Racial Segregation

1477 Words6 Pages
An education, no matter what a child decides to do with it, is the most vital ingredient to growth. A proper education can result in an increase of knowledge, success, and confidence; it builds personality, improves a child’s social skills and most importantly, it prepares them for the future. Now despite this being essential to any young child’s life, there are too many children to count that are deprived of such the crucial, basic right, of a proper education. The reason for this is the racial segregation that still exists in America today. Many tend to falsely assume that such a thing ended during the Civil Rights Movement and these few would be incorrect because segregation in education is very much alive and increasingly becoming worse…show more content…
Board was initially met with a lot of refusals, mainly from narrow-minded white groups considered to be part of something called Massive Resistance. This was a term coined by Virginian senator Harry F. Byrd in 1954 and its purpose was to thwart off or against any efforts to desegregate schools; there was even a group of laws that passed that did such a thing in 56’. To combat this, there were several court orders enacted that required schools, by law, to desegregate. Among these orders, were cases such as Green v. County School Board and Swann v. Charlotte-Mecklenburg Board of Education. Cases such as these implicated busing plans in which minority students were transported to largely white schools and white students to mostly minority schools. Now one would think with such efforts, segregation could be long gone today, but this is far from the truth because in the 80s and 90s, cases such as these faded into obscurity. One of the main reasons being that the Supreme Court concluded that these systems were discriminatory to white students and now because the orders are unfortunately expired, school districts are not held accountable for the lack of less segregated…show more content…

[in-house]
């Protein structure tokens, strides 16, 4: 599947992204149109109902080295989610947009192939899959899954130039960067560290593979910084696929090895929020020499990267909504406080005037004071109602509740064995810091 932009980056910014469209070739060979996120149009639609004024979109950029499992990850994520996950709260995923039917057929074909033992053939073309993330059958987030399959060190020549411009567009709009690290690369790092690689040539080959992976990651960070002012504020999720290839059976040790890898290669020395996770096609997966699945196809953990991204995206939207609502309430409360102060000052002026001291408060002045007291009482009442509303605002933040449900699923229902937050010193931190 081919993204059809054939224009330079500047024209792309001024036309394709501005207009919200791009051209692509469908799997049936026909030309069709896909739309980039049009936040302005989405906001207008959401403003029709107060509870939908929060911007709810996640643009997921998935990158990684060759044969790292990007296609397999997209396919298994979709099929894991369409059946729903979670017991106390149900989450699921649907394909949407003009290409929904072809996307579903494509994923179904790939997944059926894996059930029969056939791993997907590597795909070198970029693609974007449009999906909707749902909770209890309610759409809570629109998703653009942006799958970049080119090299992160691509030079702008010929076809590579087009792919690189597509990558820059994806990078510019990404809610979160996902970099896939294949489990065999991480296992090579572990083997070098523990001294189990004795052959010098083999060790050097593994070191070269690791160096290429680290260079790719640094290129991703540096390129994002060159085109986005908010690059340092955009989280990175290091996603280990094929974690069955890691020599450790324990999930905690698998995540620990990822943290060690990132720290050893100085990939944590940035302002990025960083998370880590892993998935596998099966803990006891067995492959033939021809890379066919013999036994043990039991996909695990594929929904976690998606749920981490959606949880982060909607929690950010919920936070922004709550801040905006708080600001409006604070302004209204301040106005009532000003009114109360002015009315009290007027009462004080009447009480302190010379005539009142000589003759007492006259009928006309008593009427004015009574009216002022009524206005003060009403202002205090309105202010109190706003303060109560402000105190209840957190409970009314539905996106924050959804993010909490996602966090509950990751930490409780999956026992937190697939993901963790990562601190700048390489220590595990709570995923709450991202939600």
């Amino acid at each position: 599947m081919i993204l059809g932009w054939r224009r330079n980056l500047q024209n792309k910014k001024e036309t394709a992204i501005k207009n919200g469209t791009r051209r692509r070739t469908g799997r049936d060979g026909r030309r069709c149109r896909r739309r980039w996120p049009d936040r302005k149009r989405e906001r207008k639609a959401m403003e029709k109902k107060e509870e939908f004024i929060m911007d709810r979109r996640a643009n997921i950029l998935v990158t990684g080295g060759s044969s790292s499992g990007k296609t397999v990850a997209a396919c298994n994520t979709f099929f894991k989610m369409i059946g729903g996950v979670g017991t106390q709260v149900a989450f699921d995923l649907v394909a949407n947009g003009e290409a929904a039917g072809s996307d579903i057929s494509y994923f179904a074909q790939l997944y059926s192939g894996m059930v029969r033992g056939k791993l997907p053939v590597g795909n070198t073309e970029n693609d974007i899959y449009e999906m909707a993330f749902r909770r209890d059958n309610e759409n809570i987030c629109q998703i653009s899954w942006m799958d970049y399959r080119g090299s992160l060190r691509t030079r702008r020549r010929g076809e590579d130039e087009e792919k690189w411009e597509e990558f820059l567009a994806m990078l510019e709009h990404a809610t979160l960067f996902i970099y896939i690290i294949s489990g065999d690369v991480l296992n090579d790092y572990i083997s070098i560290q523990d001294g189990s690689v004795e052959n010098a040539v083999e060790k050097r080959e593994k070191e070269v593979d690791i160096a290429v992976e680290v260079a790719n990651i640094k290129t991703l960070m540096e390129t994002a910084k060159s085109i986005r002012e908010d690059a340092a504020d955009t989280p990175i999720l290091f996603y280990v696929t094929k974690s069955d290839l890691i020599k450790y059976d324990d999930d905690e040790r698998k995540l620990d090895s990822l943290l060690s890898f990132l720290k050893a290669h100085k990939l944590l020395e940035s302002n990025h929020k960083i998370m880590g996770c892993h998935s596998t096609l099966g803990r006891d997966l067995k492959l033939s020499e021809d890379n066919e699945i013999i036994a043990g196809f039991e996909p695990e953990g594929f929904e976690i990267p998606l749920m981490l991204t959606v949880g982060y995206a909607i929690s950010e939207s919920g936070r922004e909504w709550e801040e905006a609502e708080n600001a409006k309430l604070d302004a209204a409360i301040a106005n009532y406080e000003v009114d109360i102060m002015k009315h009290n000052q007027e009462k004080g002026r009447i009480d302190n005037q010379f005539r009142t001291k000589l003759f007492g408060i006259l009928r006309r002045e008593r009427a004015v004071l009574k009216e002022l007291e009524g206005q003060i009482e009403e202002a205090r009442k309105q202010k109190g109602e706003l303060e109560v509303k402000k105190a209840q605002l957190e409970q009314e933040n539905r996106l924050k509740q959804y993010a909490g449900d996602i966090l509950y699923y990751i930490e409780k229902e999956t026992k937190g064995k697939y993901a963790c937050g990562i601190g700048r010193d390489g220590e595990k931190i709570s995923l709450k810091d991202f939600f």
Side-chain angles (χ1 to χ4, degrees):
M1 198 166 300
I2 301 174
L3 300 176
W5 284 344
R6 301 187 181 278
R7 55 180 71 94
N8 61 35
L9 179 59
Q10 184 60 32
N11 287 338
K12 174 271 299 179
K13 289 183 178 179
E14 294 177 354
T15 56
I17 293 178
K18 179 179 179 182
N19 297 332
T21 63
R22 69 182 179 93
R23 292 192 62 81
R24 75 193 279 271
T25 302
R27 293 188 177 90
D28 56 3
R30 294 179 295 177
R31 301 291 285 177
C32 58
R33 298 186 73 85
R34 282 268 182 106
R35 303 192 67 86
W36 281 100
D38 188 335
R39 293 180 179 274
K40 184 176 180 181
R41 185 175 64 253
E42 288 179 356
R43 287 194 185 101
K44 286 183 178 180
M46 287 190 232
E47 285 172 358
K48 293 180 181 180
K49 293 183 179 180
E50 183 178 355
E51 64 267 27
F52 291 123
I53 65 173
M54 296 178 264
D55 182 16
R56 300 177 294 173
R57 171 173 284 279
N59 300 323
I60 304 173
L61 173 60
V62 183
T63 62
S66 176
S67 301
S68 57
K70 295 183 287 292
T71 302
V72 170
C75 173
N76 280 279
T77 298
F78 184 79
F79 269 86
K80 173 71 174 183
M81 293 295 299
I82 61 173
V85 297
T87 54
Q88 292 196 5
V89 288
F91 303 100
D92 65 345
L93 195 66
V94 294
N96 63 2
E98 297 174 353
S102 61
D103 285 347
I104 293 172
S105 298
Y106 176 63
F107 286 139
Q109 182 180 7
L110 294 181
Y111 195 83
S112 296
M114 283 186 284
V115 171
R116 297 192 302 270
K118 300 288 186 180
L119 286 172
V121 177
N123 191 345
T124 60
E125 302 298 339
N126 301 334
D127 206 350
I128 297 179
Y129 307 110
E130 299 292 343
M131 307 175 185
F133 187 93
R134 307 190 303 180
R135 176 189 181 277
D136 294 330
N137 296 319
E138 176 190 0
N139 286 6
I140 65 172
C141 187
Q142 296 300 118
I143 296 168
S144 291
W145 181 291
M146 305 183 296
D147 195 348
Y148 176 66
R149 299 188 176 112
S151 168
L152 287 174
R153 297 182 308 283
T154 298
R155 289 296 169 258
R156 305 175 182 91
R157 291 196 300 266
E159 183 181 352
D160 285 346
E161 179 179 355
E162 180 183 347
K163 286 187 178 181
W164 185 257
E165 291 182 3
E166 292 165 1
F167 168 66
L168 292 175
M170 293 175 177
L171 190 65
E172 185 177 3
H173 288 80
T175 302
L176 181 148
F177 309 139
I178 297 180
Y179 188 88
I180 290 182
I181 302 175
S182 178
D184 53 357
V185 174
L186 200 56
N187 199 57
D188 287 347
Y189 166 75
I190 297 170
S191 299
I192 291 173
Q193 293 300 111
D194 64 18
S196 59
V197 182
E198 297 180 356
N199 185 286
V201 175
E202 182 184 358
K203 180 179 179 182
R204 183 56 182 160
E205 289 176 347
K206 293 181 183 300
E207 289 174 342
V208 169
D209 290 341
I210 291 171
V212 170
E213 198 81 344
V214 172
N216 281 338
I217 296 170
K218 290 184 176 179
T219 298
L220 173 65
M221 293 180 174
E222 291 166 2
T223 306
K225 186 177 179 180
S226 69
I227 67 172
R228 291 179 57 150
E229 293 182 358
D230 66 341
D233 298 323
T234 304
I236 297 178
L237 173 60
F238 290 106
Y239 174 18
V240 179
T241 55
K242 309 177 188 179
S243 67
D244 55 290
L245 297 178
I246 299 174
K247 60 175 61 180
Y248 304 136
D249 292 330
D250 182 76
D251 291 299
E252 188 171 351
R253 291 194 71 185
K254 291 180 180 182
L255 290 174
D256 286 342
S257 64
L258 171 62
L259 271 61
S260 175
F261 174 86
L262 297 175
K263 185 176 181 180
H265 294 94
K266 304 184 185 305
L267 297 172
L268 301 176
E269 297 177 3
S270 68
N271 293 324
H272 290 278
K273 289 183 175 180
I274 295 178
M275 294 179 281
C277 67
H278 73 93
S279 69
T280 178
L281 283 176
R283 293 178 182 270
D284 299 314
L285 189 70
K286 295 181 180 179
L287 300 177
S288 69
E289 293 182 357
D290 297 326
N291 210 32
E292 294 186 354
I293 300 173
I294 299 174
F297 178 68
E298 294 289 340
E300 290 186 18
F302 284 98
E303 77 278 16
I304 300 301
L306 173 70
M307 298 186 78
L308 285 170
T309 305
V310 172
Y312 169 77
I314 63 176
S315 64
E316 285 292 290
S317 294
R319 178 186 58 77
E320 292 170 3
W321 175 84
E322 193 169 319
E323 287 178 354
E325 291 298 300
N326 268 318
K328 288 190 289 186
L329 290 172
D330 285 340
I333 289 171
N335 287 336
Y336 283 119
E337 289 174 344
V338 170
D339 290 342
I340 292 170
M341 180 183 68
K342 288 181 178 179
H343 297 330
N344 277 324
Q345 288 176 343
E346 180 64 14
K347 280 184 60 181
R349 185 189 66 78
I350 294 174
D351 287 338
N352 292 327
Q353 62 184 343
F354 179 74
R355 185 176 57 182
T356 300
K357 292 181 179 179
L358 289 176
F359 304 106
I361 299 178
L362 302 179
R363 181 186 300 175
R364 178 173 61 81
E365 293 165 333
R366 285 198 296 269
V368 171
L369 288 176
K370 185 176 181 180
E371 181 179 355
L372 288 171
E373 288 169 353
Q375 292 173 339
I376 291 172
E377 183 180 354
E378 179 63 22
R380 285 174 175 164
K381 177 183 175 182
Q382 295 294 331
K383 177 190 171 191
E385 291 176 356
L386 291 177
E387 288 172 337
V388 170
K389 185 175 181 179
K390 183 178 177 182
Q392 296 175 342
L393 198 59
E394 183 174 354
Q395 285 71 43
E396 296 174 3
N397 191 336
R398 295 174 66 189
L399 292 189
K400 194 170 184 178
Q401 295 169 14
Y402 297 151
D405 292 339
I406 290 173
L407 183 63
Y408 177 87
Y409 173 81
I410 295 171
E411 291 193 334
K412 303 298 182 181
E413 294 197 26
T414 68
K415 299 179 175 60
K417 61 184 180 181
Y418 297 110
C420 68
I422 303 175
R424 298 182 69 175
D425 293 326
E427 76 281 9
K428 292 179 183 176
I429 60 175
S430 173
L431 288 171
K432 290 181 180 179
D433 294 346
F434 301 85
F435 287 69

An education is one of the most vital aspects of a child’s upbringing. The desegregation of schools has not only proved to universally better the lives of many, but there is a significant societal value to diversity and inclusion. Yet, it is unjust to think that our country should be changing for both races; our country should change on the sole negative consequences of those of color. Director of the Civil Rights Project Gary Orfield sums it up best. Using clear, concise sentence formatting and strong, dignifying language, Orfield states that “it is time to stop celebrating a version of history that ignores our last quarter century of retreat and begin to make new history by finding ways to apply the vision of Brown in a transformed, multiracial society in another century” (Epperly, Jessica). There needs to be more forces of change, working to create a transformed multiracial society, unlike the one we live in
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